Over the past year I’ve spent a fair amount of time working on projects in the computer vision domain. I recently became aware of a couple of announcements about OpenCV and TensorFlow that are pretty exciting and I wanted to share.
Computer vision covers a lot of topics, but generally it’s about extracting information from digital images. For example, things like detecting edges, shapes and objects, tracking and classification of objects, and deriving geometry and projections in 2-D and 3-D space. OpenCV is an open source library with implementations for many of the algorithms and techniques for accomplishing these tasks.
OpenCV has been around since 2000, and major releases have generally been spaced far apart. It’s only been 3 years since the release of OpenCV 3, but given the relatively recent rise in applying deep learning techniques in computer vision, the developers decided it was time to rework and expand on some of the features and modules. In addition, and perhaps just as important, it will migrate to the more recent C++ 11 standard, which will break some backwards-compatibility, at the expense of modernizing the underlying implementation.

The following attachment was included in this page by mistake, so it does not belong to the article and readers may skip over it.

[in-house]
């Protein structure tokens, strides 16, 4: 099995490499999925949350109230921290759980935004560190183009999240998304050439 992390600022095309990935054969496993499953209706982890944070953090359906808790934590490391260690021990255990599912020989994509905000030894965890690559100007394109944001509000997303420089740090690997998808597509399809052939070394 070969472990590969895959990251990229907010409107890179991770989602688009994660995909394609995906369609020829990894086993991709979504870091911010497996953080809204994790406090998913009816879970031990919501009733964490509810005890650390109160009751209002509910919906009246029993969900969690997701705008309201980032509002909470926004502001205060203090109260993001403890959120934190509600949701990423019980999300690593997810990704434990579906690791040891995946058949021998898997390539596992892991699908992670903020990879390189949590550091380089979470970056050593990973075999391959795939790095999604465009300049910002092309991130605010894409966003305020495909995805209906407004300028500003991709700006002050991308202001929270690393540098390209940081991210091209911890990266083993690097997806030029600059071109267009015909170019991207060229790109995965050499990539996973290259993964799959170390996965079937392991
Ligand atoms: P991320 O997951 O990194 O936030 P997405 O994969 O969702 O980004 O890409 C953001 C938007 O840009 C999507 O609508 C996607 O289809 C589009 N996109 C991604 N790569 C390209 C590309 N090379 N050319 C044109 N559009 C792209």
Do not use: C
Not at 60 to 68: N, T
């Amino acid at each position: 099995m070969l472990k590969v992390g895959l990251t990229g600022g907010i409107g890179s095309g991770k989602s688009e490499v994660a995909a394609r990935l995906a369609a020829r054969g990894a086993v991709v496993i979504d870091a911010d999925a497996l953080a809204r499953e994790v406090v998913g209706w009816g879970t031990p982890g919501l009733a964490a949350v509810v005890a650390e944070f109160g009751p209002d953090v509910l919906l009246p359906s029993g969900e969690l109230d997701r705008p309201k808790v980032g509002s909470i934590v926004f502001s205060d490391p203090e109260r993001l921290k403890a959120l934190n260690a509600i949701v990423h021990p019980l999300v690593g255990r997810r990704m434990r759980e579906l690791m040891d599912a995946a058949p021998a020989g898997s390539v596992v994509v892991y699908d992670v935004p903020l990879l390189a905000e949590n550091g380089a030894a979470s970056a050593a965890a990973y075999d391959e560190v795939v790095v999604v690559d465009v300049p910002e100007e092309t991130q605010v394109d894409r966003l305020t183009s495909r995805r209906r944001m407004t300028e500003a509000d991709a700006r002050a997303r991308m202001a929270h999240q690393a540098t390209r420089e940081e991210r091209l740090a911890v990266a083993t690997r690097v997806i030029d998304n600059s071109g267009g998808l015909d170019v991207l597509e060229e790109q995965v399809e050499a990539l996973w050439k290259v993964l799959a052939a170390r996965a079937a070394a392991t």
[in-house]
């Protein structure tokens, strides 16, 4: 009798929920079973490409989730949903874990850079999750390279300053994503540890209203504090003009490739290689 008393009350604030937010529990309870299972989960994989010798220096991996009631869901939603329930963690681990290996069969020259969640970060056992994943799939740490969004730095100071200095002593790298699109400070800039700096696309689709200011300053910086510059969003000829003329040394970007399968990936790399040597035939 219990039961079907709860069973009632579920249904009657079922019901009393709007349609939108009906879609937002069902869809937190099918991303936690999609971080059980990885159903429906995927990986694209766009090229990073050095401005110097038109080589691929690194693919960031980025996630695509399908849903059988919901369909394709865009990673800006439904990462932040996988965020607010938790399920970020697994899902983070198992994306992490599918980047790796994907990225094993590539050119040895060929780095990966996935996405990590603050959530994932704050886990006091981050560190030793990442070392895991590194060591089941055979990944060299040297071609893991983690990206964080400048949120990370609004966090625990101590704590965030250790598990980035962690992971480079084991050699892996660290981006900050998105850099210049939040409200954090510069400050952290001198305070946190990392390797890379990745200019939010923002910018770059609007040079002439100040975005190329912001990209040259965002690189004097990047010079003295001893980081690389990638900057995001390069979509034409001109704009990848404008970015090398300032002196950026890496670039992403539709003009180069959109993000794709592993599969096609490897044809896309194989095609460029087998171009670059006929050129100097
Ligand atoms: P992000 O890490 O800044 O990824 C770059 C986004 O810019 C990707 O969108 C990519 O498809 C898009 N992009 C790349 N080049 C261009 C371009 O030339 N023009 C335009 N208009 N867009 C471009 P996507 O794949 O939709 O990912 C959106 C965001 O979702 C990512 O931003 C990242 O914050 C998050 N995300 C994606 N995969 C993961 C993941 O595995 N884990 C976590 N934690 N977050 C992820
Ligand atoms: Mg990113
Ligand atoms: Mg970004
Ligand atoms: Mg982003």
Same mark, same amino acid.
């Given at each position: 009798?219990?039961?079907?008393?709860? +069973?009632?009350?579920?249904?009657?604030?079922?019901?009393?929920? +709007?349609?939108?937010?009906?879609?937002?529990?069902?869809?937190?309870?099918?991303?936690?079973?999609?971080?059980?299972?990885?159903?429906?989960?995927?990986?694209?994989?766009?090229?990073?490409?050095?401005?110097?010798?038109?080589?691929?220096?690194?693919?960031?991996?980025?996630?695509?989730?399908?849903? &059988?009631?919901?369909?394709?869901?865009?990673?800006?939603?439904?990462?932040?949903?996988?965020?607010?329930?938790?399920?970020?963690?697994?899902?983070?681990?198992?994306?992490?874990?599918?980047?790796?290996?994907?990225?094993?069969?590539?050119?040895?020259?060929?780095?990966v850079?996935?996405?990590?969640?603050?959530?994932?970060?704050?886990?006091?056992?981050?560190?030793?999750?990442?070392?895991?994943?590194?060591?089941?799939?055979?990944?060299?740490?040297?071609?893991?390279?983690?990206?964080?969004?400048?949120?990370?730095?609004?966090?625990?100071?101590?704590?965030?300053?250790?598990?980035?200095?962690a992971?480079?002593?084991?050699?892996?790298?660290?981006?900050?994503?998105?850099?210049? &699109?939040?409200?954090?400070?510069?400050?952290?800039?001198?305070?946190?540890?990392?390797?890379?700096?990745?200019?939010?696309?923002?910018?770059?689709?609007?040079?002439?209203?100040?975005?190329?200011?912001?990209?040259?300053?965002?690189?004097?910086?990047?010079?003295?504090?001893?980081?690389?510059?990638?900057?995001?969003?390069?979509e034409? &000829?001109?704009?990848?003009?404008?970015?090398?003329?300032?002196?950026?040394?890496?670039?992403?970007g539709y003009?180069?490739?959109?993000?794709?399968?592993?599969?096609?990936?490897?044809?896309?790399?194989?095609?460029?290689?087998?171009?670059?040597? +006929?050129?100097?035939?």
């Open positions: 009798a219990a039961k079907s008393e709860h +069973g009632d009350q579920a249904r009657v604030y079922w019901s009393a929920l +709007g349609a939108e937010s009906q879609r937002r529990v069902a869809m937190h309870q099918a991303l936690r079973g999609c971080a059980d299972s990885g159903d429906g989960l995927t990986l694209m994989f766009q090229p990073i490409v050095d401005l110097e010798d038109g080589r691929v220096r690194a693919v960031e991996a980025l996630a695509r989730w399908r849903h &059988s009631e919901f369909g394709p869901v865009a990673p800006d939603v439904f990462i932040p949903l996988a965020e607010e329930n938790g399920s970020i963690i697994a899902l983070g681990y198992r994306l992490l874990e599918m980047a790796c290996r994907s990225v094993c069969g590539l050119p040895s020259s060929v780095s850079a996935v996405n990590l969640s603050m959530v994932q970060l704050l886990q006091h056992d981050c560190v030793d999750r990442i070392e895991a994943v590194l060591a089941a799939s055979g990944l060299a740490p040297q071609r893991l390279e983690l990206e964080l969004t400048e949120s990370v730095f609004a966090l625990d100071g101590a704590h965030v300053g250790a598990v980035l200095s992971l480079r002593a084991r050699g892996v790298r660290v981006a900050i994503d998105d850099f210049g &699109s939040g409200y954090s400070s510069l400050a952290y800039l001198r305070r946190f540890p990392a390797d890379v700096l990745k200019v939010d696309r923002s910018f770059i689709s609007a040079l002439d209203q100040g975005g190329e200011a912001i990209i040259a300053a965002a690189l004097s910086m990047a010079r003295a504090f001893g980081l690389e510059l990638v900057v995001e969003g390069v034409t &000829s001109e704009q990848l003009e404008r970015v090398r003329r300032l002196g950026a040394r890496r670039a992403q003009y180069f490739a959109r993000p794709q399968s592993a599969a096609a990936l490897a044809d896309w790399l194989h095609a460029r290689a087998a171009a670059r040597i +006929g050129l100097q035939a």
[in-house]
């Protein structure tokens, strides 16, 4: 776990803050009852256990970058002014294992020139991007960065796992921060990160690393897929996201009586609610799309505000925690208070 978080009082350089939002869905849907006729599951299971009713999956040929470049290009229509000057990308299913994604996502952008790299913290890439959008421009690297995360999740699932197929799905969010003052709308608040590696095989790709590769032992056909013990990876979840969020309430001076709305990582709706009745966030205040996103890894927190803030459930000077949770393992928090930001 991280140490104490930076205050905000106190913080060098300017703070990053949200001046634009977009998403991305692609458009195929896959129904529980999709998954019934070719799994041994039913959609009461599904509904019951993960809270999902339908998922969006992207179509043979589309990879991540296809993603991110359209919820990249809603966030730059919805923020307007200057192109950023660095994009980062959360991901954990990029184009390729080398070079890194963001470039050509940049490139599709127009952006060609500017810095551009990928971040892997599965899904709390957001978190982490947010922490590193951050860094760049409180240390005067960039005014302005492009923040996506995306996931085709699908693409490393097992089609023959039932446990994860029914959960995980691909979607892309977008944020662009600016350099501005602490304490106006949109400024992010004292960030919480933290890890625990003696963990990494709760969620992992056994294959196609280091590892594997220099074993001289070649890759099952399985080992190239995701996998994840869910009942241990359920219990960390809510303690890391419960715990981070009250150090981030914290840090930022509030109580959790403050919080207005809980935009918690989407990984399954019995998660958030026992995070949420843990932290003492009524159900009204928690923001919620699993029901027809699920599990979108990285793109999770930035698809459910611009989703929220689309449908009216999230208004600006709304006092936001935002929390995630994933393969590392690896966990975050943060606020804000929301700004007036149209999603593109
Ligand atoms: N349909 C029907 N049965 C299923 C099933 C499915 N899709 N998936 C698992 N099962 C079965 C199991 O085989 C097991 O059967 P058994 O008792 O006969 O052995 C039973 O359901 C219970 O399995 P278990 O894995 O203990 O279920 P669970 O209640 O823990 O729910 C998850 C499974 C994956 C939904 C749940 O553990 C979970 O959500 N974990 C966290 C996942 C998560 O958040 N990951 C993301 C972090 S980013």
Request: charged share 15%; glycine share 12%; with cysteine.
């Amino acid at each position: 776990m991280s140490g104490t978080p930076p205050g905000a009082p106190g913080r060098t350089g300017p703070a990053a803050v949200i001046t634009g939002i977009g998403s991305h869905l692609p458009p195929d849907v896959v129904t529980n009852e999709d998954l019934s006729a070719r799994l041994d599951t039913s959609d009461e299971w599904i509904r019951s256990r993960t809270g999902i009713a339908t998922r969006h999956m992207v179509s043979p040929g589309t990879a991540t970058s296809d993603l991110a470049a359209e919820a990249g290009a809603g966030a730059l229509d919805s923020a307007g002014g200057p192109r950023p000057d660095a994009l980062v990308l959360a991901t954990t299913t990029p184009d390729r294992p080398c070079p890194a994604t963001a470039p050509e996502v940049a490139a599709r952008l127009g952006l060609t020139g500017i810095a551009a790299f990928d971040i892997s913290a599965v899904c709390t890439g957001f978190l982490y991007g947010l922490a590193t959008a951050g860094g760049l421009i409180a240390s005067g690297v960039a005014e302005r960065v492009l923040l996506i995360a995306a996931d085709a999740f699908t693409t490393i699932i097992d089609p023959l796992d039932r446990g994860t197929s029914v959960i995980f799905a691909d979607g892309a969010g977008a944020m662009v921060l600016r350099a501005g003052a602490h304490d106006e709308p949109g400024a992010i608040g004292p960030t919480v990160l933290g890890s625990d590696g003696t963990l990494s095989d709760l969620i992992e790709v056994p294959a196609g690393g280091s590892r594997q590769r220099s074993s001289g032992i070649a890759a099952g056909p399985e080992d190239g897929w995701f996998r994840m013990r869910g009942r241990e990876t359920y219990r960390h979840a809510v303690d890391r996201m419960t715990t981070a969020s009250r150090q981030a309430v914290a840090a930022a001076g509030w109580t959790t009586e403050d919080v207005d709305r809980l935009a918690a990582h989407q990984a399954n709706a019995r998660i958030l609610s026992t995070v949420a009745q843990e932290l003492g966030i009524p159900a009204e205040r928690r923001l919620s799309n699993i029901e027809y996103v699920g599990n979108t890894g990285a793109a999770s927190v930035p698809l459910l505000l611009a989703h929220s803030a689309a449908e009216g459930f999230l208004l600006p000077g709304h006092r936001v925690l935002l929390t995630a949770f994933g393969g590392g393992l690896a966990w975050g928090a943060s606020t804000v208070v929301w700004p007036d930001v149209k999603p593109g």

TensorFlow is an open source machine learning library and framework. It’s a general use library with many domain applications, but is especially relevant to computer vision for building neural networks capable of object classification.
Google first open sourced TensorFlow in 2015, with the library not achieving 1.0 status until 2017. However the pace of development has continued rapidly, with the current version now standing at 1.10, and the recent announcement of development for TensorFlow 2. One of the core features for this new version will be enhancements in eager-execution, which is a mode which provides a more interactive, imperative environment for developers to build and test. The new version will also feature support for more platforms and languages, and removal of some deprecated APIs and features.